b) the spectrum converters in the light path of the 425 nm-465 nm dominant emission peak LEDs being utilized in the same manner as the 375 nm-425 nm dominant emission peak LEDs in Light Source Embodiment 1, except that these spectrum converters are primarily 425 nm-465 nm absorbing and provide one or more emission peaks in the primarily 470 nm-530 nm and in the 580 nm-730 nm spectral ranges.

c) an optical arrangement where the collective spectrum converters and the LEDs are designed to emit light meeting the spectra criteria of Spectrum Embodiment 2.

FIG. 2 is a graph of Relative Radiance, as a function of Wavelength, in nanometers, for a spectrum produced by a light emission assembly using one blue LED with one spectrum converter.

The FIG. 2 example of Spectrum Embodiment 2 was created using example Light Source Embodiment 2 with a single ˜2.5 Watt (700 mA) biased Blue 447 nm LED with 1 layers of 3-phosphor color converter. The first spectrum converter layer was a 1:4:2 mix of ˜620 nm and ˜650 nm GaN Red phosphors and 495 nm peak emission cyan phosphor in a silicone matrix coating containing about 2% by weight, 100 micron nominal size TiO2 particles. A round half-sphere epoxy lens was placed directly over the LED, and then coated with a ˜0.2-0.3 mm thickness spray of acrylic sealant for electronics containing about 2-5% by weight 200 micron (0.2 mm) nominal size dispersive TiO2 particles.

FIG. 3 is a graph of Relative Radiance, as a function of Wavelength, in nanometers, for a spectrum produced by a light emission assembly using blue and violet LEDs with different spectrum converters.

Light Source Embodiment 3: A light source as provided for in Light Source Embodiment 1 and/or 2 except that this light source can also contain a mixture of UV, violet, and/or blue LEDs to generate the selected spectra of the new spectra embodiments. The LEDs and associated spectrum converters that are on in each mode of operation used to generate the spectra of the new spectra embodiments must meet the other criteria of Light Source Embodiment 1, and may comprise:

a) one-or-more LEDs exhibiting blue-violet LEDs exhibiting one-or-more dominant emission peaks in the 425 nm-465 nm spectral range.

b) the spectrum converters in the light path of the 425 nm-465 nm dominant emission peak LEDs being utilized identically to the 375 nm-425 nm dominant emission peak LEDs in Light Source Embodiment 1, except that the spectrum converters that are primarily utilized to be 375 nm-425 nm absorbing and 400 nm-520 nm emitting are not used unless 375-425 nm dominant emission peak LEDs are included in the light source.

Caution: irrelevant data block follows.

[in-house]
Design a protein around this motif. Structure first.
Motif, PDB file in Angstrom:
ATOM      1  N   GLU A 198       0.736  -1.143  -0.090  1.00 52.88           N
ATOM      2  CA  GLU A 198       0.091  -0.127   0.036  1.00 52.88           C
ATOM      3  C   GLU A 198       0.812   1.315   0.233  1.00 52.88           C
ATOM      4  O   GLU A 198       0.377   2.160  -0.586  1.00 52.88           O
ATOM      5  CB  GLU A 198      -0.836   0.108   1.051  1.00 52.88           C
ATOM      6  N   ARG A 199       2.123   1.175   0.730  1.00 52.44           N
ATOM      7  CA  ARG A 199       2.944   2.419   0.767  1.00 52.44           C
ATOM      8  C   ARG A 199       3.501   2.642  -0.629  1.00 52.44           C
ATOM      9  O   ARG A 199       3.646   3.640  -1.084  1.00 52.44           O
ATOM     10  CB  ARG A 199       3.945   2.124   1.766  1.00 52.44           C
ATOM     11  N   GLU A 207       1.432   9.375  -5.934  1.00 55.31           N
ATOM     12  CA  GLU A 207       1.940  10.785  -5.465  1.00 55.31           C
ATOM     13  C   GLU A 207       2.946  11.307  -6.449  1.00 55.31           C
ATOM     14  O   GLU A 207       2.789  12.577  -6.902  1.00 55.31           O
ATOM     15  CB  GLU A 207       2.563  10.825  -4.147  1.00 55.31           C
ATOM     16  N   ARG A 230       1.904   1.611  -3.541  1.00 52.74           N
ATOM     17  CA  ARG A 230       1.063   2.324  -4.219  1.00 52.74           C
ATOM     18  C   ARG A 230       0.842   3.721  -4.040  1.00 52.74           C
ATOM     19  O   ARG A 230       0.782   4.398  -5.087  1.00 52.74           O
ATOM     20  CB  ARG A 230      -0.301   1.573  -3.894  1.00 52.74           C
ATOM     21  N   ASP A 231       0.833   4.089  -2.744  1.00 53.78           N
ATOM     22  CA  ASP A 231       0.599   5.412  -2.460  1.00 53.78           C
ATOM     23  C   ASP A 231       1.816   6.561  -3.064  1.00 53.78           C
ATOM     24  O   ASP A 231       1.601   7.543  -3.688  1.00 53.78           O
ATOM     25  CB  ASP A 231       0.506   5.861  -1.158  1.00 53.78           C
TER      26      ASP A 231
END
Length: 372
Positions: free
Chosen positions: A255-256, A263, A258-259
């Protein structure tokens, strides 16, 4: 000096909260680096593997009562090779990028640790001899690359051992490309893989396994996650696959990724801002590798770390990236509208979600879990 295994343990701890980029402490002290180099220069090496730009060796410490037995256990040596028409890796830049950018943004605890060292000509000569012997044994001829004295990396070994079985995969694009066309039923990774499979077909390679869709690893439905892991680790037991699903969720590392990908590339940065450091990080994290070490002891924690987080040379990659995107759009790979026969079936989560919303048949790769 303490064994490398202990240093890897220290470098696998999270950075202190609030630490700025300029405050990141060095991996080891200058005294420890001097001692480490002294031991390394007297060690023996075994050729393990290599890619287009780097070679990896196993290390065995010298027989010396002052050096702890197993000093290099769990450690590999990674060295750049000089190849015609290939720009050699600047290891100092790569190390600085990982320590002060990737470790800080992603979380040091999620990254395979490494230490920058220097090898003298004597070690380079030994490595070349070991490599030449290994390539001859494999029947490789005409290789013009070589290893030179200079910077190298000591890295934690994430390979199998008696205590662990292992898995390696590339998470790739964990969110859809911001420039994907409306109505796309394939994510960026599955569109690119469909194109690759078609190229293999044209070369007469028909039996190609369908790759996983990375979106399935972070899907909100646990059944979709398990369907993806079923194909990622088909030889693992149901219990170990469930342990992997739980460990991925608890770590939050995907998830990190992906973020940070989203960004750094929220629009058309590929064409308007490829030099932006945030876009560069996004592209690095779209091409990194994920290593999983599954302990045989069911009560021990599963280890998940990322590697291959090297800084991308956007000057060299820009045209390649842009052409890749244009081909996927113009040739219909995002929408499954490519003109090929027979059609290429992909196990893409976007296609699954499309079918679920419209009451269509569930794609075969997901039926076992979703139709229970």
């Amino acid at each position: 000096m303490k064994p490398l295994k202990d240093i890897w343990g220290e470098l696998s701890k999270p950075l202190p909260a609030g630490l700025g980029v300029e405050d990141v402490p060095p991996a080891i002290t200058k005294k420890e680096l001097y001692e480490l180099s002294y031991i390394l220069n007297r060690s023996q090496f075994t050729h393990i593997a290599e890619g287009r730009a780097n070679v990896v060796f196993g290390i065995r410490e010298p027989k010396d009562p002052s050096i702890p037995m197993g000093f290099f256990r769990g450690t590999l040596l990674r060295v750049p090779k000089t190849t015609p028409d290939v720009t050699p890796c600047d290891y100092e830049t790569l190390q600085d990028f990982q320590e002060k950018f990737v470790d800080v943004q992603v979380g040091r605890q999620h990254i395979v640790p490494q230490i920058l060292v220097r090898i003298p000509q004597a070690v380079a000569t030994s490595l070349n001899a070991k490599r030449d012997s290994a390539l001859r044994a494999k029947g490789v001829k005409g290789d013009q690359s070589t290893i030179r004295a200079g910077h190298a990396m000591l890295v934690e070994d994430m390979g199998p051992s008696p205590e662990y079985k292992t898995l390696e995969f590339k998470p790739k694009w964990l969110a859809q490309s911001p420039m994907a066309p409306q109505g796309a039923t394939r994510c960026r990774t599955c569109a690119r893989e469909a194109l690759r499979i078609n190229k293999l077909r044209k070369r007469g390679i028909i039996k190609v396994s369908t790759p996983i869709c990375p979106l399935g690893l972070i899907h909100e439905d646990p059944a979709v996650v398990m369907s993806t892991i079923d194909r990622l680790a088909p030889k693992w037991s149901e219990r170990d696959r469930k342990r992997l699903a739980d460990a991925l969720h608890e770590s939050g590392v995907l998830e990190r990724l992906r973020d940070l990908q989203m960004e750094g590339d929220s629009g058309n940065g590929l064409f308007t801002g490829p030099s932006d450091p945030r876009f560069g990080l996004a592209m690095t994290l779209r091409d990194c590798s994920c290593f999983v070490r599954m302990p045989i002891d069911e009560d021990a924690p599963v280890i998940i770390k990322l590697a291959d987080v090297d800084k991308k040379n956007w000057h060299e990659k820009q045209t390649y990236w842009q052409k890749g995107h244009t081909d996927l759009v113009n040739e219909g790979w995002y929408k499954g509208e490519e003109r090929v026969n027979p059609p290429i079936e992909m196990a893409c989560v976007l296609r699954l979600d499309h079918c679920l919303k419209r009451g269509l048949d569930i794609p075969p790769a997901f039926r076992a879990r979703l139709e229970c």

c) an optical arrangement where the collective spectrum converters and the LEDs are designed to emit light meeting the spectra criteria of the new spectra embodiments.

The spectrum of FIG. 3 was created using the combined type light sources of Light Source Embodiment 1 and Light Source Embodiment 2 together at a total balanced power of 4 Watts input LED power. The Light Source Embodiment 1 LED was the same as in FIG. 1, but the dye concentration used in the spectrum converter lens coating was about 50% lower than in the color converter used to create the spectrum in FIG. 1. This example shows that the violet part of the spectrum can be modified over a wide range as desired, based on the dye concentration, type dyes, converter location and design, and thickness of the dye layer used.

FIG. 4 is a schematic sectional elevation view of a light source assembly, according to one embodiment of the present disclosure, comprising one or more LEDs and color converter layers, for producing a spectrum of a type as shown in FIG. 1 or FIG. 3.

Light Source Embodiment 3: A light source is provided for in any of Light Source Embodiments 1, 2, and/or 3, where one or more variations of Light Source Embodiments 1, 2 and/or 3, and other type light source(s) can be used together. Any of the Light Source Embodiment for 2 LEDs or other light source components in this overall light source may be switched off or on, or varied in relative intensity by changing power to individual or groupings of light source components. Additionally, LEDs or other light sources with one or more dominant emission peaks greater than 465 nm may be used in or with the light sources of Light Source Embodiments 1, 2 and/or 3. The output spectra can also be modified by the use of additional or different spectrum converters or optical filters to impart or collectively create the spectra in the new light spectrum embodiments or by mixing LED types and/or various color converter types as desired. Other spectra not covered by Light Spectrum Embodiments 1-3 may also optionally be created using this light source with user selected modes of operation.